DIME store reaps rewards of a year of local enthusiasm
Hand crafters hit a milestone on Friday. The Denton Independent Makers Exchange celebrates one year of brisk business at its first bricks-and-mortar storefront.
The local shop will mark the anniversary by inviting customers to make party hats by hand and toasting the town with local beer.
“The whole thing came about so organically to begin with,” said Rachel Aughtry, who shares ownership and management of the store with Shelley Christner. “We did the [Denton] community market together and then started doing shows together. Then the shows got really big and we opened the store. The plan was just to go and do the best we could.”
The DIME Store started as Etsy Denton, a collective of artists and craftsmen and women who managed their own stores online at Etsy.com, a popular and successful website that connects shoppers, artists and craftsmen from all over the world. The collective staged one-day bazaars at the Center for the Visual Arts and other Denton spots where there was enough room for upwards of 70 makers to set up a booth. Aughtry graduated from University of North Texas right smack-dab in the middle of the recession, and decided to try her hand at selling the fashionable handbags, clutches and purses she makes with little more than simple materials, a sewing machine and a keen eye for design. Christner is the creative director and a designer at Home Again, Home Again, a local furniture and decor business. At the DIME Store, Aughtry is lord of the spreadsheet and Christner is the customer service specialist, an arrangement that also came about naturally.
“We didn’t have any great big business expectations. It’s hard to have expectation when you don’t even know what’s a possibility,” Christner said. “There are other business models that are similar, but not necessarily just like this. We expected it to go well.”
The model is simple. Aughtry and Christner curate the handmade stock they think will sell — with an eagle eye toward both craftsmanship and design — and then sell it while promoting the artisans who make the stock.
“That’s absolutely still at the core of what we do,” Aughtry said. “There are other things that have changed that we thought we were going to offer, [such as] art workshops. We ended up not having enough draw for that.”
They also discovered an immediate appetite for merchandise made here.
“We opened with maybe two Denton-specific items,” Aughtry said. “Now we have five, maybe six different Denton-specific T-shirts, and an entire table that is all Denton stuff. Not even Texas stuff, just Denton stuff. When we opened we just had two cards with Denton people on them. So that was a niche market within the handmade market. We didn’t understand there was such a need for that, so we evolved to meet that.”
The perks of having a bricks-and-mortar outlet for North Texas makers has been in social capital, too.
“I love that we definitely have a community amongst our shoppers — they might not even know each other,” Aughtry said. “On a Saturday, there are all these people in here and it’s a really friendly atmosphere. And we built a community amongst our makers. When we were doing our shows, everyone was like ‘oh, hey, how’re you doing?’ We realized that they didn’t know one another, and we’ve known all of them for years. We realized that was kind of a failure, and that we needed to connect the makers. We’re really proud of that, because the makers know each other now, and it’s helped them grow.”
The DIME Store has broadened its selection of handmade goods, developing its inventory of clothes, jewelry, furniture and home accessories.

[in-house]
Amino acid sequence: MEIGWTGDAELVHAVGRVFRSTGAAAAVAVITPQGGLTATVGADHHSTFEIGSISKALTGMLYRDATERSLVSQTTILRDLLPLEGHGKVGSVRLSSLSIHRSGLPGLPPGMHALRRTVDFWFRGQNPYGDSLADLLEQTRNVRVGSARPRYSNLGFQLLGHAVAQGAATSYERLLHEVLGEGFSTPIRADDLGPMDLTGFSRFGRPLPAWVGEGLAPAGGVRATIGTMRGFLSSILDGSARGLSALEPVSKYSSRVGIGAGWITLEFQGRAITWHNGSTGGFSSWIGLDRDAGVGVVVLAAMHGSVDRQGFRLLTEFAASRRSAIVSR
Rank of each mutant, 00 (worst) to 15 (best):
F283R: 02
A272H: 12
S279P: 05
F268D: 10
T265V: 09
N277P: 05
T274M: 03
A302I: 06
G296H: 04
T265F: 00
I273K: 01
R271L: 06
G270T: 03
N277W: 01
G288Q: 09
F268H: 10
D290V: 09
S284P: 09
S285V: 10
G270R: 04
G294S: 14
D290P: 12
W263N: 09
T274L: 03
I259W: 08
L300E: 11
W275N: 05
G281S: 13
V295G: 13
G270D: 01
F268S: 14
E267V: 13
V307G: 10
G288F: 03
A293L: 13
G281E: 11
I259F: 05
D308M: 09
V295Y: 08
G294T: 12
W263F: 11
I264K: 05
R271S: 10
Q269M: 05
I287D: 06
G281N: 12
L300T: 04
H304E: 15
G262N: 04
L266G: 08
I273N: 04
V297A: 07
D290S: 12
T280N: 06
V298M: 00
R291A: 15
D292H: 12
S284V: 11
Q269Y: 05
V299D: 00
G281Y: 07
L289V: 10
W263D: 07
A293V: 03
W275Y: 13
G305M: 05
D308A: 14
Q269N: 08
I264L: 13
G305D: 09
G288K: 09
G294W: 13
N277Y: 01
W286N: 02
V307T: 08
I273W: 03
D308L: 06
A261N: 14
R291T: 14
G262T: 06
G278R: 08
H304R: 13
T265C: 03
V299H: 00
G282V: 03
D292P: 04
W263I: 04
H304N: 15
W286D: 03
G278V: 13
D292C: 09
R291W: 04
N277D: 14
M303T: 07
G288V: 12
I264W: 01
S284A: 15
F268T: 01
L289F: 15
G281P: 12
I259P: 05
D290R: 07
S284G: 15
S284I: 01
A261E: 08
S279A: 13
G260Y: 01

“We started off with 26 [vendors],” Christner said. “Predominantly, we’re buying wholesale in here. Now, we have work by over 40 people. It’s not quite doubled.”
Christner and Aughtry have intentionally included their peers in Denton’s small businesses in their events and sales. Denton food trucks, such as the Pickled Carrot, have parked along Locust Street during Saturday sales.
Christner said customers appreciate knowing that the items they buy were made by people who live in their city and their region.
“To see people be so satisfied with the things we have here, their appreciation of handmade [work] … that’s gratifying,” she said. “They’ll be in here and they be like ‘I love this’ and you’ll tell them ‘I made that’ and they say ‘You did? Wow! That’s so awesome!’ To have that face-to-face with people, to know that they are finding something they love and they got to meet the maker, that’s been so special.”
The shopkeepers are looking to the future with the same flexibility and open-mindedness they adopted when they opened their doors.
“I’m making handbags now, but handbags made out of canvas and fabric might not be cool in five years,” Aughtry said. “And then what do I do? But kind of without thinking, you just evolve to what works. There will always be people that make crafts. There have been craft shows forever and there have always been people who have attended them. … I think there will always be a want for things that are from your town and that have a sense of place.”
DIME STORE BIRTHDAY BASH & BACKYARD BAZAAR
What: a two-day party for creatives and makers of the Denton Independent Makers Exchange and shoppers
When: 6 to 9 p.m. Friday, 11 a.m. to 6 p.m. Saturday
Where: The DIME Store, 510 S. Locust St.
On the Web: www.dimehandmade.com
THINGS TO DO
What to do at the DIME Store’s Birthday Bash & Backyard Bazaar
On Friday, enjoy a pint of Armadillo Ale Works Quakertown Stout served in a souvenir glass bearing Armadillo’s logo on one side & the DIME Store’s on the other. Make and take a party hat.
On Saturday, check out the shop’s growing selection of handmade items crafted in Denton, an peruse the backyard bazaar that closes at 5 p.m. Make and take a party hat, watch Pan-Ector Industries make screen printed T-shirts on site and take souvenir photos in the free photo booth.